Argued May 6, 1881
Decided May 31, 1881
E.W. Gardner for plaintiff in error. Frank Rice, district attorney, for defendant in error.
The prisoner was tried for burglary and larceny, claimed by the prosecution to have been committed in complicity with one Bush and Adelia, his wife. The offense charged was the breaking and entering the barn of Murray Witter, and stealing therefrom his horse and buggy. The prosecution depended wholly upon the testimony of these alleged accomplices, mainly that of Bush, for the conviction of the prisoner. The law does not absolutely prohibit a conviction upon such testimony, but every such case should be closely scrutinized, and the legal rights of the accused carefully guarded. We have examined the numerous exceptions taken upon the trial, and have come to the conclusion that some of them are well taken and entitle the prisoner to a new trial. It is not necessary to go further into the merits of the appeal than to specify one or two exceptions which we think should be sustained.
The prisoner was examined on his own behalf and contradicted positively the statements of the witness Bush, which charged him with complicity in the crime. The question before the jury really was the relative credibility of Bush, who admitted his own guilt, and that of the prisoner, who claimed to be innocent. The counsel for the prosecution called witnesses to impeach the general reputation of the prisoner and show that he was not worthy of credit. The prisoner called witnesses to prove that his character was good and that he was worthy of belief. Charles Babbitt, one of these witnesses, testified that he had for twelve years been a neighbor of the prisoner and been acquainted with him and the people in his neighborhood, and had the means of becoming acquainted with his general character in that neighborhood, and that from that character he would believe him under oath. On cross-examination by the counsel for the prosecution, the witness was asked whether from the way that people talked about the accused there his character was good or bad, judging from what was said of him, to which question the witness answered that it preponderated on the side of good. The witness was then asked by the prosecuting counsel whether he meant to say that in his opinion there was a question about the character of the accused. The witness answered this question in the negative. He was then asked whether there was such a question according to what people said about him, and he answered this in the affirmative.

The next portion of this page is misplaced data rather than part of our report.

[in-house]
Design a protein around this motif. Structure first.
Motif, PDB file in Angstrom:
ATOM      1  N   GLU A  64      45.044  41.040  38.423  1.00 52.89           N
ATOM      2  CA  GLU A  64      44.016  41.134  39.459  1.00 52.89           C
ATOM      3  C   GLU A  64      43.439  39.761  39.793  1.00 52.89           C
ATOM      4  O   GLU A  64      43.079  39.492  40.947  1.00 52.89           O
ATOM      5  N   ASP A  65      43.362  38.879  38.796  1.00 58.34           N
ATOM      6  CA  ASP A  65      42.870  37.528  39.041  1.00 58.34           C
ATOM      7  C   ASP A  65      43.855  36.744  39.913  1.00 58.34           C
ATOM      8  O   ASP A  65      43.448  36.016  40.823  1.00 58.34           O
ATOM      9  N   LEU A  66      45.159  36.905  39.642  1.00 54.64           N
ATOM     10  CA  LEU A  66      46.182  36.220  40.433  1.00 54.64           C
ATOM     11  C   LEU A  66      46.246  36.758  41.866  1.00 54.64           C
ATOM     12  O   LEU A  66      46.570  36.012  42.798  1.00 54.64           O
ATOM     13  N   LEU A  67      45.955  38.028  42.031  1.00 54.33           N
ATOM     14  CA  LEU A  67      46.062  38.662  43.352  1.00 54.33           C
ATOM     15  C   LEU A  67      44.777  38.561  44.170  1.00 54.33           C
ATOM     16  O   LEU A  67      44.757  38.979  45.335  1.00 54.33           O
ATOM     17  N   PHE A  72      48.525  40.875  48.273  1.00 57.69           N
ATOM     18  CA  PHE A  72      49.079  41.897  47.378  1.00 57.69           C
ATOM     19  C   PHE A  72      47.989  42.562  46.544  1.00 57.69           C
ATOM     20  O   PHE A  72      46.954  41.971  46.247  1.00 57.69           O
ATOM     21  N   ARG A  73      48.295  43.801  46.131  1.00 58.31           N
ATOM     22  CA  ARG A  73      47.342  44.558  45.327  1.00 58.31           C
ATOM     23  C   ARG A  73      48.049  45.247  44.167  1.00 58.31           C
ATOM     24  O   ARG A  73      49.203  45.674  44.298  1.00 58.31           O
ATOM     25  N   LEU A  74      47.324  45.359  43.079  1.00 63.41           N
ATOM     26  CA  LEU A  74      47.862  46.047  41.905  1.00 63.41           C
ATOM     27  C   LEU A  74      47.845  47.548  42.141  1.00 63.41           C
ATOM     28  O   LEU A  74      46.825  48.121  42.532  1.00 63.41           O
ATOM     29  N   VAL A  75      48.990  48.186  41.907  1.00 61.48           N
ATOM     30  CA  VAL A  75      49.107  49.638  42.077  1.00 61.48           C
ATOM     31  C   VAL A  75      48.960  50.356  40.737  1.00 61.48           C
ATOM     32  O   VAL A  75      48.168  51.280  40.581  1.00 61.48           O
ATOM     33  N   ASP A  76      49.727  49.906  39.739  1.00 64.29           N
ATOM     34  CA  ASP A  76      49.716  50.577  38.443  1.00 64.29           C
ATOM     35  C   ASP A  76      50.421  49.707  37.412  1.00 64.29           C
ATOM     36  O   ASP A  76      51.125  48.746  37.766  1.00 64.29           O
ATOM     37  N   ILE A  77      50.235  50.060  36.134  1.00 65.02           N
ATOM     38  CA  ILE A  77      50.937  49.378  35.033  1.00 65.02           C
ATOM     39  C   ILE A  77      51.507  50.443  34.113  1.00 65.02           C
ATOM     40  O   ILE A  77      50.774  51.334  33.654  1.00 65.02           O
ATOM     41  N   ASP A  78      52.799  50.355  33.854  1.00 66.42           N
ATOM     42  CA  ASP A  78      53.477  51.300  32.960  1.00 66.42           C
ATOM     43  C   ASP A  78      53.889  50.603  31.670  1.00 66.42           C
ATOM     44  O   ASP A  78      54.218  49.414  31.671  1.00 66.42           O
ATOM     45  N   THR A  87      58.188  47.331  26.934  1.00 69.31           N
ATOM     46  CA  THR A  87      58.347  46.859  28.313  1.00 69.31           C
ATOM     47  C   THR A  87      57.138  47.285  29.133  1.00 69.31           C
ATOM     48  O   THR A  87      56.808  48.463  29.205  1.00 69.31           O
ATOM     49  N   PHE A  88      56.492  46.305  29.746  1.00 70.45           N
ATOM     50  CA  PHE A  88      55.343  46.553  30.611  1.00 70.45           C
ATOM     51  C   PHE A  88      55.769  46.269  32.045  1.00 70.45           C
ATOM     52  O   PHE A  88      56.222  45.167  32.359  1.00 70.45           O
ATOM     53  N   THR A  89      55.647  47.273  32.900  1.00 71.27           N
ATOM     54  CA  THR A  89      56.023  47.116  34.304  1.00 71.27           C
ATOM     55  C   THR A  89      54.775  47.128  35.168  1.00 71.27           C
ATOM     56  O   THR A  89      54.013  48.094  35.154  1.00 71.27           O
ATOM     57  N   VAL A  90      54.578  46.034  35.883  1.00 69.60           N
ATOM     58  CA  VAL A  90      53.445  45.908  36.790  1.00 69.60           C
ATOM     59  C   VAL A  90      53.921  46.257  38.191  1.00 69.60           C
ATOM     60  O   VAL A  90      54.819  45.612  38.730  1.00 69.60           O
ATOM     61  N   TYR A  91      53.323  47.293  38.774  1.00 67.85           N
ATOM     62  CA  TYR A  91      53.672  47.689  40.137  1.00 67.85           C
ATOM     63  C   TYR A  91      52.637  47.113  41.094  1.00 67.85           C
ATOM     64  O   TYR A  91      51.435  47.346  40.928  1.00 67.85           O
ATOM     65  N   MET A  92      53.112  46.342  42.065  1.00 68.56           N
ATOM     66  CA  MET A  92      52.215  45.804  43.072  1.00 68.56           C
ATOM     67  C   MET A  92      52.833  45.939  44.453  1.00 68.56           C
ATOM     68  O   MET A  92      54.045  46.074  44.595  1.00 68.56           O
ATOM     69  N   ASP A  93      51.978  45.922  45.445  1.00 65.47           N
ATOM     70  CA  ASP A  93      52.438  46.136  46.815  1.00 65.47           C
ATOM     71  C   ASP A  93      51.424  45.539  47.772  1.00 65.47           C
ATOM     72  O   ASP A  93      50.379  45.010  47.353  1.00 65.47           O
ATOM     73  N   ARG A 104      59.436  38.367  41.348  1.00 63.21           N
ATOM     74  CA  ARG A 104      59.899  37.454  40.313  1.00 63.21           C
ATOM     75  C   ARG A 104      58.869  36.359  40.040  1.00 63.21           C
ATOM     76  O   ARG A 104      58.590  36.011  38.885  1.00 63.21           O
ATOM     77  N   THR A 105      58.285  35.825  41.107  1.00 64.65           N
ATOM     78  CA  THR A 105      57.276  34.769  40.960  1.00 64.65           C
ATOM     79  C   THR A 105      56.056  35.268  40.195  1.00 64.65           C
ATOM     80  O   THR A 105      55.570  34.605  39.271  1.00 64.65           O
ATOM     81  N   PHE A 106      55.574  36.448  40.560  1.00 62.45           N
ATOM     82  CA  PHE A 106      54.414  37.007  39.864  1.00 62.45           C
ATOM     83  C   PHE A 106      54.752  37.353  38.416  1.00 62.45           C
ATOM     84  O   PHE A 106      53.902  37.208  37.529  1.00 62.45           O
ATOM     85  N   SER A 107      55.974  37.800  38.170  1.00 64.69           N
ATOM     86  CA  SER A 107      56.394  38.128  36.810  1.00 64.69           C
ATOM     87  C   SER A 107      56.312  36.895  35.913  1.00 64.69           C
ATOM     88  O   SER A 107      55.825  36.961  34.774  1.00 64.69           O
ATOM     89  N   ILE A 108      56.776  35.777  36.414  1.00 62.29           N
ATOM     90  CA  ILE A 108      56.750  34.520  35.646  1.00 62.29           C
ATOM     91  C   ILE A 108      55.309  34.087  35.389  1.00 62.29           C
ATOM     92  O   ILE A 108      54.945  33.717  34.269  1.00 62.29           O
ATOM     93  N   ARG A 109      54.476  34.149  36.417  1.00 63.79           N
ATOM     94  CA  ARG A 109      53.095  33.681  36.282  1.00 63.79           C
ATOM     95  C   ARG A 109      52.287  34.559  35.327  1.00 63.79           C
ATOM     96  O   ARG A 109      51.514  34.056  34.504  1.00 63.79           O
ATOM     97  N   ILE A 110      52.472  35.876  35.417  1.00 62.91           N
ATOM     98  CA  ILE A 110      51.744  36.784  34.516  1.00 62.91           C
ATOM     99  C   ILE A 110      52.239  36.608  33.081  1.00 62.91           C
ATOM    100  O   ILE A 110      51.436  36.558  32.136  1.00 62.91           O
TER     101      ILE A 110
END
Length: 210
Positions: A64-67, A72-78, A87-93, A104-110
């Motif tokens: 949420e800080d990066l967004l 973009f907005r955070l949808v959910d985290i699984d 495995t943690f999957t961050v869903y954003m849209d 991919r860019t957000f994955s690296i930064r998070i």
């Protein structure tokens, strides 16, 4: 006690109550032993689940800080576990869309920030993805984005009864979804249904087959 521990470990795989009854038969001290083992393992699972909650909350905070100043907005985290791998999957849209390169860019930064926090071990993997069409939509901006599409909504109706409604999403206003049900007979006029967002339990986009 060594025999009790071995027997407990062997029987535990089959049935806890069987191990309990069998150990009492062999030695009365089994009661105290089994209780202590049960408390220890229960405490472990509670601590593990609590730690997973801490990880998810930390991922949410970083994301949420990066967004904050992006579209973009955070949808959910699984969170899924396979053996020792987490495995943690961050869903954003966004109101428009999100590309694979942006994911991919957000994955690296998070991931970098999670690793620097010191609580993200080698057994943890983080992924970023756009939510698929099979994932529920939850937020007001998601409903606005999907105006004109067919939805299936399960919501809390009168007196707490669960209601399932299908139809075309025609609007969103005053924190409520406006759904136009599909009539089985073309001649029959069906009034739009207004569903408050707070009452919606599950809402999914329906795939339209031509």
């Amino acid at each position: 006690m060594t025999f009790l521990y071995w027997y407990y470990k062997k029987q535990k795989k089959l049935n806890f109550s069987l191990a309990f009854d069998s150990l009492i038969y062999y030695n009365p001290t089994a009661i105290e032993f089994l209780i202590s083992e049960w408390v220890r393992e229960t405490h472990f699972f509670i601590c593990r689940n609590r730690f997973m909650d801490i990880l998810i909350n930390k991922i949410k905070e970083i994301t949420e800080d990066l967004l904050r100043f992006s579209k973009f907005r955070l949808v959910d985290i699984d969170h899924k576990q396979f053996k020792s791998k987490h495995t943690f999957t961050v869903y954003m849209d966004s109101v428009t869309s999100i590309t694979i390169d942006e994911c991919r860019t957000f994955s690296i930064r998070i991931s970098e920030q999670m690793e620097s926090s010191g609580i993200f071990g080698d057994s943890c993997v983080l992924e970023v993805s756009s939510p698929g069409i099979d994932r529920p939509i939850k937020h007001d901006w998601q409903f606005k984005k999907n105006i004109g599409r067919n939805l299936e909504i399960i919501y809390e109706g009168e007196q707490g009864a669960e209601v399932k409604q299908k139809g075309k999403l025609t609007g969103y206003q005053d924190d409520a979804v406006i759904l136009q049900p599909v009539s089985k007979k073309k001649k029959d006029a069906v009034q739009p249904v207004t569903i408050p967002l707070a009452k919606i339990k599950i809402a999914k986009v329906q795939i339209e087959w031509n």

This cross-examination clearly disclosed that although the opinion of the witness as to the credibility of the prisoner was not affected by what was said about him in the neighborhood, yet that there were reports unfavorable to his character in circulation there, and the defense was clearly entitled to disclose what these reports were, so that the jury might judge in what respect they affected his character, and whether they were of such a nature as to impair his credibility as a witness. The counsel for the defense, therefore, asked whether they were in respect to his drinking and trading horses. This question was, under a general objection, excluded by the court and an exception taken.
We think this ruling was erroneous, and that it renders a new trial necessary. We also think that error was committed in excluding the evidence of the witness Daniel Gates, as to the declaration of Bush, that while on his way to Witter's on the night of the burglary in question, he stopped at Harmon's for the purpose of stealing a horse there, and was only deterred by the bad appearance of the horse.
If the fact that Bush did stop at Harmon's as claimed, or his declaration that he did so, conflicted with Bush's testimony that he was at that very time proceeding to Witter's in pursuance of an arrangement with the prisoner for stealing Witter's horse, these were not collateral matters, but bore on the main issue, and Bush having denied the fact, and having denied making the declaration, it was competent to contradict him by the testimony of Gates. It seems to us that there was a conflict in the statements; Bush testified that the arrangement was that he was to proceed to the school-house, and there wait for the prisoner to bring Witter's horse, and that when the prisoner passed him on the road and told him to hurry up, Bush replied, "that he would be there as soon as the prisoner." Bush's declaration that at the very time he was contemplating stealing another horse at a different place, and actually attempted that theft, but that his reason for not accomplishing it was only the poor appearance of the horse, certainly conflicts in some degree with this testimony.
Without reference to the other points raised in this case, we think those which have been adverted to require that the judgment should be reversed and a new trial ordered.
All concur, except FOLGER, Ch. J., absent.